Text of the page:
Service Dog Definition

A Service Dog is a canine specifically trained to minimize functional limitations of a person with a disability

  • Service dogs may also be referred to as assistance dogs
  • Includes but not limited to guide, mobility, medical alert, medical response, hearing, psychiatric, autism and PTSD


How does a Service Dog help “PTSD”?

There are a few different methods to help those who suffer from Post-Traumatic Stress Disorder including: medication, counselling, and support groups. Though these methods can help they may not always help the person deal with day-to-day activities such as going to the store or going for a walk down the street, this is where a Service Dog can come into play.

A service dog trained for “PTSD” can do a multitude of helpful tasks to help a person get through their everyday life including, but not limited to:

  • Grounding, distracting, or guiding their handler in an event such as dissociation or panic
  • Provide tactile stimulation or deep pressure therapy
  • Interrupting potential disruptive behaviour toward self or others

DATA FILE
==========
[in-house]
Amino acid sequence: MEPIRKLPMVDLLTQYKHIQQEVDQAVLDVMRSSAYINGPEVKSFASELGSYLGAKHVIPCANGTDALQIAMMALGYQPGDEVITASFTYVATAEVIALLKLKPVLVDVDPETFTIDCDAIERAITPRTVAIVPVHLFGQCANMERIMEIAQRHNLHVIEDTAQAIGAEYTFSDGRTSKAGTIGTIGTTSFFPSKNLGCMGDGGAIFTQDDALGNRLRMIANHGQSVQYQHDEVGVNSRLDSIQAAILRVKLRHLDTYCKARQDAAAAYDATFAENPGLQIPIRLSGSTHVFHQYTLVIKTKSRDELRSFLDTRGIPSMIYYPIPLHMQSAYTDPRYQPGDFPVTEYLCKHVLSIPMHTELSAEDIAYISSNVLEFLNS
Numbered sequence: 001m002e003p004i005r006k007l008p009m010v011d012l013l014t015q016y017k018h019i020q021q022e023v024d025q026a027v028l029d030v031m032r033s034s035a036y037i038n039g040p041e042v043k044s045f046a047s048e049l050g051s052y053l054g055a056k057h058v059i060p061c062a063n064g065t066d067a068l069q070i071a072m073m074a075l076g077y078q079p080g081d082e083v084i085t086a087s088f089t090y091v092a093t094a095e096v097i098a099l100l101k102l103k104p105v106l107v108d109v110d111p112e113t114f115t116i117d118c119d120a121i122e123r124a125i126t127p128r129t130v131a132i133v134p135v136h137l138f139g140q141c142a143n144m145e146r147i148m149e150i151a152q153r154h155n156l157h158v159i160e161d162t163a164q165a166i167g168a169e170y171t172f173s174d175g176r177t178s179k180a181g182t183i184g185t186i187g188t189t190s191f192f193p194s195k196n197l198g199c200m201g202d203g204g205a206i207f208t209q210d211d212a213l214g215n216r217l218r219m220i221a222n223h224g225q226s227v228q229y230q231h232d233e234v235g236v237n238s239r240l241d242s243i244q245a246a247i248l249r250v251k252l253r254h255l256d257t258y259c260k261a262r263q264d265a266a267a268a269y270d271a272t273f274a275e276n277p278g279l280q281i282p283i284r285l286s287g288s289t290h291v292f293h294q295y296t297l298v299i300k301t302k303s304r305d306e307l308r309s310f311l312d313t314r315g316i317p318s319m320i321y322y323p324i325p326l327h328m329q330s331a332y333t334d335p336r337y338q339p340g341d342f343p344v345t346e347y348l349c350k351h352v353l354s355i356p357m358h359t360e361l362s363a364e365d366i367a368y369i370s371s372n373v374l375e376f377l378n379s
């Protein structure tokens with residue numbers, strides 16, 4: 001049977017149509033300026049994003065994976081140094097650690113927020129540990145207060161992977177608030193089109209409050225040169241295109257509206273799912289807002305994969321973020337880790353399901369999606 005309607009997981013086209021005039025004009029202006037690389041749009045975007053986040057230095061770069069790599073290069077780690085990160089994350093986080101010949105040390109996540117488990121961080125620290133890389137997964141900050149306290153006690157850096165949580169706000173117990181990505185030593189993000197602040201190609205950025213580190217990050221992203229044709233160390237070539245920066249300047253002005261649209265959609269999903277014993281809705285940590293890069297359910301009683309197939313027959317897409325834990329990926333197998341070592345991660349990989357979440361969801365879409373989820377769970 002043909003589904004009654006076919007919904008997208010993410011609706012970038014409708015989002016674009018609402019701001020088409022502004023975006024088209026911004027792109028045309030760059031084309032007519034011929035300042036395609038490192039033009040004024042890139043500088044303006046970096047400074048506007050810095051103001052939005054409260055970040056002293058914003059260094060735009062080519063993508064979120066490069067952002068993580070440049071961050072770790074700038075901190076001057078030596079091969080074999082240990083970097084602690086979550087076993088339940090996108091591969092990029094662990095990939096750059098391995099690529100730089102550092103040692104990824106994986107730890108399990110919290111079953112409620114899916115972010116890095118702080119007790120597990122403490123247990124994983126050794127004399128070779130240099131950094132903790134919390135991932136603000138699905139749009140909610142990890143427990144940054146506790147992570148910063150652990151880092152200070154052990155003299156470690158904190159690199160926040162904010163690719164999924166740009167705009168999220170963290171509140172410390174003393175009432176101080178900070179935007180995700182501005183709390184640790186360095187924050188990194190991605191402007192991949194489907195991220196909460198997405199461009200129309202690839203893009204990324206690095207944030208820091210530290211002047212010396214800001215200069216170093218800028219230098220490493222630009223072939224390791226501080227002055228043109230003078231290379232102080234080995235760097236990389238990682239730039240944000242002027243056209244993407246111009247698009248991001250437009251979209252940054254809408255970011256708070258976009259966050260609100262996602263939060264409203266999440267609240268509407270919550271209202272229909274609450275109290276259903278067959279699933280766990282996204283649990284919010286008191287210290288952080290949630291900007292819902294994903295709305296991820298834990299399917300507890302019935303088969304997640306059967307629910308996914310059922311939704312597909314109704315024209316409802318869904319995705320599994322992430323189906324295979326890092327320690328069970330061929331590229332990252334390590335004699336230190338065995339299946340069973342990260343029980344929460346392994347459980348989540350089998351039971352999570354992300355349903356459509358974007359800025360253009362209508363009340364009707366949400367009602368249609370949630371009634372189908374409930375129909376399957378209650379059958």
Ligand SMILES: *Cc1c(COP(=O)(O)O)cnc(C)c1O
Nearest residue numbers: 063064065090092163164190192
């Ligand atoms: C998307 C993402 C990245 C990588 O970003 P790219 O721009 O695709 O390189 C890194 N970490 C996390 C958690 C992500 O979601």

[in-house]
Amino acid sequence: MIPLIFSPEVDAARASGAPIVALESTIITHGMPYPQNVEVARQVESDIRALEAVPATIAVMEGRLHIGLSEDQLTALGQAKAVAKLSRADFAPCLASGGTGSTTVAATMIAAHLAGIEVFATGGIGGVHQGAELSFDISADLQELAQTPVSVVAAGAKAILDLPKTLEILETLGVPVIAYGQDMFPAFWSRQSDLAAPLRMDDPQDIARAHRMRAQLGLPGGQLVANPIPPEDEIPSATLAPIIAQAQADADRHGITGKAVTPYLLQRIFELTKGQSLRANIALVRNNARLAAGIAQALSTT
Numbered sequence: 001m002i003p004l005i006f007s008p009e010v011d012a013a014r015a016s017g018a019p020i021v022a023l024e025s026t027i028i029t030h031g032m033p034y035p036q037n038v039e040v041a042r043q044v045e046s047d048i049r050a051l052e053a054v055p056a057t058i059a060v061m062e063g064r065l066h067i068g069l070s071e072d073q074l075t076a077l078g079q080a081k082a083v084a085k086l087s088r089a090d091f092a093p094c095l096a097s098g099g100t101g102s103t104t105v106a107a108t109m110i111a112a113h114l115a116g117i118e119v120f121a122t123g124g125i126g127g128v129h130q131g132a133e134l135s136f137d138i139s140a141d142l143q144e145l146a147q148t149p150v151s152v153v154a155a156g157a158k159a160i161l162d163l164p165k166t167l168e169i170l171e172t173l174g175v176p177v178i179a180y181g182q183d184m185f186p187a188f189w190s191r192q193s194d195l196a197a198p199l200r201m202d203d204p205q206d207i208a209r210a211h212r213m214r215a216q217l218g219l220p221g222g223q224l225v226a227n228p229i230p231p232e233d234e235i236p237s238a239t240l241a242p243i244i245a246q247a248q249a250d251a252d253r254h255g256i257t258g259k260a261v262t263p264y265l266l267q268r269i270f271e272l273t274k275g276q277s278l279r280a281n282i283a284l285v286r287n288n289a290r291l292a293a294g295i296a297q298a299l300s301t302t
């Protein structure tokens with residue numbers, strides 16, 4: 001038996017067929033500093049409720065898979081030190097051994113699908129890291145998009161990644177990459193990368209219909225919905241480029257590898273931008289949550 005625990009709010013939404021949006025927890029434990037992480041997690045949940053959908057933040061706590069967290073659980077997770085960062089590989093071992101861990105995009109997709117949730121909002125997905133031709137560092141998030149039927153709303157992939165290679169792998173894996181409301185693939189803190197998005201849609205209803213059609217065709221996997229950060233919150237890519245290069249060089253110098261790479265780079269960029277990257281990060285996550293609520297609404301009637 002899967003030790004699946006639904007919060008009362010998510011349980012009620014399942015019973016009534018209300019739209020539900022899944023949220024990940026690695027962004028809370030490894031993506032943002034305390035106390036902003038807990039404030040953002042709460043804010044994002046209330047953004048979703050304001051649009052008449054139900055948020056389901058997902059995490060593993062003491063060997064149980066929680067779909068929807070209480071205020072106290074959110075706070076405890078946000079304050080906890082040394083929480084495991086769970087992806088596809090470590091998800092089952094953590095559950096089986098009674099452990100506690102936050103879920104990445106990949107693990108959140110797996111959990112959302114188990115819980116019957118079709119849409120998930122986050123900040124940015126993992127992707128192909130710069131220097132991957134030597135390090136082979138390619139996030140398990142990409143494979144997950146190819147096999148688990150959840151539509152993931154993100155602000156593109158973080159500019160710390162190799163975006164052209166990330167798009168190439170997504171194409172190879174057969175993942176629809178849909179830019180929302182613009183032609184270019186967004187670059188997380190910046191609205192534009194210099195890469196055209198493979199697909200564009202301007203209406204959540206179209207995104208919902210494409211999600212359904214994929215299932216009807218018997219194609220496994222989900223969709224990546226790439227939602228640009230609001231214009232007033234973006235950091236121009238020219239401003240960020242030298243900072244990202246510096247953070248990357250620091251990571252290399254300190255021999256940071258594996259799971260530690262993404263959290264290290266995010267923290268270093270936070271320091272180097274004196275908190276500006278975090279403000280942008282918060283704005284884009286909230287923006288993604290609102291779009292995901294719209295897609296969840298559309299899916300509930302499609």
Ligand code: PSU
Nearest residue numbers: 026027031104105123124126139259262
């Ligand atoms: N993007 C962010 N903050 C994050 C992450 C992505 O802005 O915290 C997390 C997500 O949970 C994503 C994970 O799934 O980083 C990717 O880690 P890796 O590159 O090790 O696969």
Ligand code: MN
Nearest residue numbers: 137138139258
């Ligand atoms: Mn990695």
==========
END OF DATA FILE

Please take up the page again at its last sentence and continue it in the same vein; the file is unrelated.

• Find objects for handler
  • Alert to oncoming panic
  • Blocking handler in public when people are too close
  • Wake handler during a night terror and keeping handler calm upon awakening

While these are only a few tasks that can be trained to help a person with “PTSD” there are also many other ways to help, such as getting the handler out of the house or simply providing companionship.


Breed Selection

For insurance reasons, Holdfast K9 will not work with certain breeds. If you are considering entering our program, we recommend you contact Holdfast K9 prior to enrolling to verify your dog meets the breed and age requirements for training.

Based on an International PTSD  Service Dog study by K9 Think Tank in 2016, the preferred breeds with the best likely hood of success for owner training are listed below. Holdfast K9 is  not stating that other breeds do not make good service dogs however the study concluded that  the best breeds with the greatest amount of success for working in the field of PTSD are